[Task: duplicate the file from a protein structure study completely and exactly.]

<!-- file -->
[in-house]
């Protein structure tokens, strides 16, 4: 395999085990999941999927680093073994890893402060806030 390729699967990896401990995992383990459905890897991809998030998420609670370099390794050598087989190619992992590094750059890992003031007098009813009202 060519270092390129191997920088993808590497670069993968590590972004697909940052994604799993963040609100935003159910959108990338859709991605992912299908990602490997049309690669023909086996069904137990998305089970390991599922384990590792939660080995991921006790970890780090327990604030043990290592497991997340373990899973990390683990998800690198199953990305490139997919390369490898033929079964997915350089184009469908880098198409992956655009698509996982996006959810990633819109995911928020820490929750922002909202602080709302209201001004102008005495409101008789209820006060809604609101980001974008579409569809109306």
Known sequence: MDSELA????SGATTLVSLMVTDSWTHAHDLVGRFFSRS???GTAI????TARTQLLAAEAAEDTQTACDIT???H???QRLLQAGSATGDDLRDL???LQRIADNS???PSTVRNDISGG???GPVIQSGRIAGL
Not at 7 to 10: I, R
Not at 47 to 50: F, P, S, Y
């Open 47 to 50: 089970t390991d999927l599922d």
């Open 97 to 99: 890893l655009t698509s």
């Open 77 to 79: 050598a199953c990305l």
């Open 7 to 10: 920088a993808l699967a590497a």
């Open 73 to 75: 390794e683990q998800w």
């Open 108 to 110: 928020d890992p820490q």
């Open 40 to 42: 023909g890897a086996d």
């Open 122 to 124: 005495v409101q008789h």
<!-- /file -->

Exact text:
[in-house]
């Protein structure tokens, strides 16, 4: 395999085990999941999927680093073994890893402060806030 390729699967990896401990995992383990459905890897991809998030998420609670370099390794050598087989190619992992590094750059890992003031007098009813009202 060519270092390129191997920088993808590497670069993968590590972004697909940052994604799993963040609100935003159910959108990338859709991605992912299908990602490997049309690669023909086996069904137990998305089970390991599922384990590792939660080995991921006790970890780090327990604030043990290592497991997340373990899973990390683990998800690198199953990305490139997919390369490898033929079964997915350089184009469908880098198409992956655009698509996982996006959810990633819109995911928020820490929750922002909202602080709302209201001004102008005495409101008789209820006060809604609101980001974008579409569809109306």
Known sequence: MDSELA????SGATTLVSLMVTDSWTHAHDLVGRFFSRS???GTAI????TARTQLLAAEAAEDTQTACDIT???H???QRLLQAGSATGDDLRDL???LQRIADNS???PSTVRNDISGG???GPVIQSGRIAGL
Not at 7 to 10: I, R
Not at 47 to 50: F, P, S, Y
């Open 47 to 50: 089970t390991d999927l599922d």
């Open 97 to 99: 890893l655009t698509s």
């Open 77 to 79: 050598a199953c990305l």
């Open 7 to 10: 920088a993808l699967a590497a």
């Open 73 to 75: 390794e683990q998800w």
């Open 108 to 110: 928020d890992p820490q």
């Open 40 to 42: 023909g890897a086996d």
């Open 122 to 124: 005495v409101q008789h």